Particularly for those of us who deeply care about the fate of the world, being an artist can feel like a retreat, a cop-out, a failure to “really help.” An accomplished musician friend of mine said: “I’ve been spending a lot of time asking myself: why the hell am I doing this?” As musicians, we may ask ourselves that question constantly. We’re often forced to defend—whether to others, or to ourselves—the decision to devote our lives to art.
The Attacca Quartet, soon to launch its new “Recently Added” concert series with a program devoted to music by Caroline Shaw, chats with Shaw about her development and process.
As far back as I can remember, music has always been my means of navigating the world. But words have always been a second and equal love. In the past month, I’ve turned extensively to words I love after a baffling election.
Seasoned saxophonist, composer and bandleader Tim Berne talked about his long creative partnership with guitarist David Torn and his burgeoning relationship with ECM Records, under whose banner Sun of Goldfinger (featuring Berne and Torn) plays National Sawdust Dec. 3.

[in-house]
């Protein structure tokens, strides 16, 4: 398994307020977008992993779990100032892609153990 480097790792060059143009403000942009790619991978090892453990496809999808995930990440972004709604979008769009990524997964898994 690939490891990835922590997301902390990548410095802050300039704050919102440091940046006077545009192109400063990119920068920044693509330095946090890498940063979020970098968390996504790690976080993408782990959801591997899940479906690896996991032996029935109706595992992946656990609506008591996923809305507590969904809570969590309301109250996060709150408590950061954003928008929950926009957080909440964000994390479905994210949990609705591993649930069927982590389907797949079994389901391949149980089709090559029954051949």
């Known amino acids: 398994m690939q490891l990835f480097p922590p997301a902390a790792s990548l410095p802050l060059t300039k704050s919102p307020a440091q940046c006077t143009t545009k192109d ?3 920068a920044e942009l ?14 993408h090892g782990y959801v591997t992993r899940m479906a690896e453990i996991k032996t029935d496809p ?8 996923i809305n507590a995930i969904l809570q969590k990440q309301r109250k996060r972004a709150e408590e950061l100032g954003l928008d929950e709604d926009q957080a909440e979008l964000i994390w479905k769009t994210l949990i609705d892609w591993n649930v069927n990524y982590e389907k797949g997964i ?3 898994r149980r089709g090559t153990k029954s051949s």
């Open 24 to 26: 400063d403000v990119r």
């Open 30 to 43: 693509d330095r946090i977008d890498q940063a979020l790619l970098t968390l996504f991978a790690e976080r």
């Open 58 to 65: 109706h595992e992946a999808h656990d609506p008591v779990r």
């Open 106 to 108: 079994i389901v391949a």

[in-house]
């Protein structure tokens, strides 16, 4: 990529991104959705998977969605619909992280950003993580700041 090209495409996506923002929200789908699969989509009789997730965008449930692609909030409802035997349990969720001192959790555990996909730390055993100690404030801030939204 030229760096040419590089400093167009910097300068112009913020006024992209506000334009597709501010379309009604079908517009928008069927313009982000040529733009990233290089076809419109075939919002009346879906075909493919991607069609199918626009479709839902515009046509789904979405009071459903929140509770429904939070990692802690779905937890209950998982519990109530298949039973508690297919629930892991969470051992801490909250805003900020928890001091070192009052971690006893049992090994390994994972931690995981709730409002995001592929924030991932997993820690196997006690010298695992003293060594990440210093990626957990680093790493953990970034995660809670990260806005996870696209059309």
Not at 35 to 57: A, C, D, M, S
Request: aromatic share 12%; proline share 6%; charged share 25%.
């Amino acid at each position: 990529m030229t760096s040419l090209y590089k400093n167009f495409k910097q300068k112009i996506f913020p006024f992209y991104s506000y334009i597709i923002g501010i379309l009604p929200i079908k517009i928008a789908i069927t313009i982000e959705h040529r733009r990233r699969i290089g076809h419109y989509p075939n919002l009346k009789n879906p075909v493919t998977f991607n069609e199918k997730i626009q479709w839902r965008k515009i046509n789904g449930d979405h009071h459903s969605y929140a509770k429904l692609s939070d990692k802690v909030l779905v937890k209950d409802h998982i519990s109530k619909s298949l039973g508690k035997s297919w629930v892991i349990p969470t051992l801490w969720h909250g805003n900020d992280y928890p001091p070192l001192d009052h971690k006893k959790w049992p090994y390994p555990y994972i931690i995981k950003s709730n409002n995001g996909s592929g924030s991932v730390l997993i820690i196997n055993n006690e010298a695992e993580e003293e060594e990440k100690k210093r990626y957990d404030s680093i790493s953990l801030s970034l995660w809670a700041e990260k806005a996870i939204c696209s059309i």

Composer and instrumentalist Leo Svirsky’s impressively tricky to get a handle on. His latest album, Heights in Depths, a tightly focused study in minimalism (in the original sense) for solo accordion, mixes confrontational intensity with contemplative calm.
Since the cataclysmic election earlier this month, I have struggled, at times, to find comfort or inspiration in music. With increasing apprehension, I wonder how music can make a difference going forward. We are on the brink of catastrophe. What can artists do with music in this moment, and how do we discern its limits?
Making art in response to unspeakable acts is difficult – at least it has been for us. The first problem that is so easy to stumble over is “what do we say?” But we realized that the first question for an artist could also be: “what do we make?”
“These years, I feel that part of my time left on earth is to be working in my art on something that you contemplate, that you’re not ever going to find the answer to” – Meredith Monk talks about her new album, On Behalf of Nature, in advance of a concert at National Sawdust in November.